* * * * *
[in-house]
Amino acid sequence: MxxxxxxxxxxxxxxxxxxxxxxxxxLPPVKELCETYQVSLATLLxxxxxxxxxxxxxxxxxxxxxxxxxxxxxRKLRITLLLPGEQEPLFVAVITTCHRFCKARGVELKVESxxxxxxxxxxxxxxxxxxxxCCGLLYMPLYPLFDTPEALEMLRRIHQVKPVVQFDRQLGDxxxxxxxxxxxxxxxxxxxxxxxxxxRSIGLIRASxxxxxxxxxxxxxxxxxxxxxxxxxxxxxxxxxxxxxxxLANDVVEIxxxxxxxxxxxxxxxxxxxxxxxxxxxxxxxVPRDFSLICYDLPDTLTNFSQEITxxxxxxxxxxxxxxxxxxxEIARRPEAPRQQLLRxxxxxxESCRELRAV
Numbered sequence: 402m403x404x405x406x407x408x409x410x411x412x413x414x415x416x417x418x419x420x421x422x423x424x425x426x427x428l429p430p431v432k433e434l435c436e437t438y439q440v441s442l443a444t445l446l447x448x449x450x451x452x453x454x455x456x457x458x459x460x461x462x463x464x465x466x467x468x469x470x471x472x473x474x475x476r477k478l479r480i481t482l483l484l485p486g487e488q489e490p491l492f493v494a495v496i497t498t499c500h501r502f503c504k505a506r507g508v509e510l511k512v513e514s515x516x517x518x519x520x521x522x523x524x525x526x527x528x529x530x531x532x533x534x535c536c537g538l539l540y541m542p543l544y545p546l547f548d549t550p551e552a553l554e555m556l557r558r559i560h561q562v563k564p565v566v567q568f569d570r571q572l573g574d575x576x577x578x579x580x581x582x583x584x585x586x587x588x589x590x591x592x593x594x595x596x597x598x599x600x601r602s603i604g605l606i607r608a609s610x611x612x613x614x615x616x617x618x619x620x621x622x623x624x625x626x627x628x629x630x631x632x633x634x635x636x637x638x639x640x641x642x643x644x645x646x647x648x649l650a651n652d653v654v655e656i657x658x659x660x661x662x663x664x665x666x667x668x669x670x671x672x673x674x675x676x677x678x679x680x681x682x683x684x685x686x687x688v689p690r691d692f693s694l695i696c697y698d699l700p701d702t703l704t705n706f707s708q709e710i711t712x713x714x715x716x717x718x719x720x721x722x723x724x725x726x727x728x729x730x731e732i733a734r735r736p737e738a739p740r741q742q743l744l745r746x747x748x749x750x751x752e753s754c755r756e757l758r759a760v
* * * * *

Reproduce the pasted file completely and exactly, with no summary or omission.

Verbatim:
[in-house]
Amino acid sequence: MxxxxxxxxxxxxxxxxxxxxxxxxxLPPVKELCETYQVSLATLLxxxxxxxxxxxxxxxxxxxxxxxxxxxxxRKLRITLLLPGEQEPLFVAVITTCHRFCKARGVELKVESxxxxxxxxxxxxxxxxxxxxCCGLLYMPLYPLFDTPEALEMLRRIHQVKPVVQFDRQLGDxxxxxxxxxxxxxxxxxxxxxxxxxxRSIGLIRASxxxxxxxxxxxxxxxxxxxxxxxxxxxxxxxxxxxxxxxLANDVVEIxxxxxxxxxxxxxxxxxxxxxxxxxxxxxxxVPRDFSLICYDLPDTLTNFSQEITxxxxxxxxxxxxxxxxxxxEIARRPEAPRQQLLRxxxxxxESCRELRAV
Numbered sequence: 402m403x404x405x406x407x408x409x410x411x412x413x414x415x416x417x418x419x420x421x422x423x424x425x426x427x428l429p430p431v432k433e434l435c436e437t438y439q440v441s442l443a444t445l446l447x448x449x450x451x452x453x454x455x456x457x458x459x460x461x462x463x464x465x466x467x468x469x470x471x472x473x474x475x476r477k478l479r480i481t482l483l484l485p486g487e488q489e490p491l492f493v494a495v496i497t498t499c500h501r502f503c504k505a506r507g508v509e510l511k512v513e514s515x516x517x518x519x520x521x522x523x524x525x526x527x528x529x530x531x532x533x534x535c536c537g538l539l540y541m542p543l544y545p546l547f548d549t550p551e552a553l554e555m556l557r558r559i560h561q562v563k564p565v566v567q568f569d570r571q572l573g574d575x576x577x578x579x580x581x582x583x584x585x586x587x588x589x590x591x592x593x594x595x596x597x598x599x600x601r602s603i604g605l606i607r608a609s610x611x612x613x614x615x616x617x618x619x620x621x622x623x624x625x626x627x628x629x630x631x632x633x634x635x636x637x638x639x640x641x642x643x644x645x646x647x648x649l650a651n652d653v654v655e656i657x658x659x660x661x662x663x664x665x666x667x668x669x670x671x672x673x674x675x676x677x678x679x680x681x682x683x684x685x686x687x688v689p690r691d692f693s694l695i696c697y698d699l700p701d702t703l704t705n706f707s708q709e710i711t712x713x714x715x716x717x718x719x720x721x722x723x724x725x726x727x728x729x730x731e732i733a734r735r736p737e738a739p740r741q742q743l744l745r746x747x748x749x750x751x752e753s754c755r756e757l758r759a760v